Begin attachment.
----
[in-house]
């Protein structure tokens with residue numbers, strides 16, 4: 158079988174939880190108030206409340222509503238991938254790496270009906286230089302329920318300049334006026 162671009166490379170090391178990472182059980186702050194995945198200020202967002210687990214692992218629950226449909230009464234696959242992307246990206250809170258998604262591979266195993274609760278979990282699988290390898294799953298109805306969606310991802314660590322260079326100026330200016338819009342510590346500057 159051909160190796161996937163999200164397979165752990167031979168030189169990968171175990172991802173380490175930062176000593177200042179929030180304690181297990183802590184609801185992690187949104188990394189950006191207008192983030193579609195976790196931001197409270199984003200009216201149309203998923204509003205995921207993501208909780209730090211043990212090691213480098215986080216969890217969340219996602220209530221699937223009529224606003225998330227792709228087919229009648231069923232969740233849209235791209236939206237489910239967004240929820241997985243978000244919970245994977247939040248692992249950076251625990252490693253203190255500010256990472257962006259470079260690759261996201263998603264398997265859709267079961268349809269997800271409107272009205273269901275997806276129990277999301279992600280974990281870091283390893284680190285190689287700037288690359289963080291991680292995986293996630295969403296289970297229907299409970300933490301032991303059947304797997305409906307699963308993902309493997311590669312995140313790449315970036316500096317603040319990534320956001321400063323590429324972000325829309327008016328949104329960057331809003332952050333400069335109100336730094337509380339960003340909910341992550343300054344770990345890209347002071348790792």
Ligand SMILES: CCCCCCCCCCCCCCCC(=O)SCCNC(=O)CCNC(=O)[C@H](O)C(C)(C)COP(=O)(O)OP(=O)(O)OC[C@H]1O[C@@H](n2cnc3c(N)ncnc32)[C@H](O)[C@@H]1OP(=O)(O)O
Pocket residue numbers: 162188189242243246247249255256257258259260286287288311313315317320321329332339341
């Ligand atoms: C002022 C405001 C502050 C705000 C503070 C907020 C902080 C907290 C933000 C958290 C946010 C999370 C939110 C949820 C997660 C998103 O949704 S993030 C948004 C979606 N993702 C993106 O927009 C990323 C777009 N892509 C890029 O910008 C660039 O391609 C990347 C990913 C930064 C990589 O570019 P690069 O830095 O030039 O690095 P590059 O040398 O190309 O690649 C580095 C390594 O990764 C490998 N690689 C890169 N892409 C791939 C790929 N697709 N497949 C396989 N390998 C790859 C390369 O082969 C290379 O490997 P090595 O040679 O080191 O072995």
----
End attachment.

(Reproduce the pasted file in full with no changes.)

[in-house]
């Protein structure tokens with residue numbers, strides 16, 4: 158079988174939880190108030206409340222509503238991938254790496270009906286230089302329920318300049334006026 162671009166490379170090391178990472182059980186702050194995945198200020202967002210687990214692992218629950226449909230009464234696959242992307246990206250809170258998604262591979266195993274609760278979990282699988290390898294799953298109805306969606310991802314660590322260079326100026330200016338819009342510590346500057 159051909160190796161996937163999200164397979165752990167031979168030189169990968171175990172991802173380490175930062176000593177200042179929030180304690181297990183802590184609801185992690187949104188990394189950006191207008192983030193579609195976790196931001197409270199984003200009216201149309203998923204509003205995921207993501208909780209730090211043990212090691213480098215986080216969890217969340219996602220209530221699937223009529224606003225998330227792709228087919229009648231069923232969740233849209235791209236939206237489910239967004240929820241997985243978000244919970245994977247939040248692992249950076251625990252490693253203190255500010256990472257962006259470079260690759261996201263998603264398997265859709267079961268349809269997800271409107272009205273269901275997806276129990277999301279992600280974990281870091283390893284680190285190689287700037288690359289963080291991680292995986293996630295969403296289970297229907299409970300933490301032991303059947304797997305409906307699963308993902309493997311590669312995140313790449315970036316500096317603040319990534320956001321400063323590429324972000325829309327008016328949104329960057331809003332952050333400069335109100336730094337509380339960003340909910341992550343300054344770990345890209347002071348790792």
Ligand SMILES: CCCCCCCCCCCCCCCC(=O)SCCNC(=O)CCNC(=O)[C@H](O)C(C)(C)COP(=O)(O)OP(=O)(O)OC[C@H]1O[C@@H](n2cnc3c(N)ncnc32)[C@H](O)[C@@H]1OP(=O)(O)O
Pocket residue numbers: 162188189242243246247249255256257258259260286287288311313315317320321329332339341
């Ligand atoms: C002022 C405001 C502050 C705000 C503070 C907020 C902080 C907290 C933000 C958290 C946010 C999370 C939110 C949820 C997660 C998103 O949704 S993030 C948004 C979606 N993702 C993106 O927009 C990323 C777009 N892509 C890029 O910008 C660039 O391609 C990347 C990913 C930064 C990589 O570019 P690069 O830095 O030039 O690095 P590059 O040398 O190309 O690649 C580095 C390594 O990764 C490998 N690689 C890169 N892409 C791939 C790929 N697709 N497949 C396989 N390998 C790859 C390369 O082969 C290379 O490997 P090595 O040679 O080191 O072995």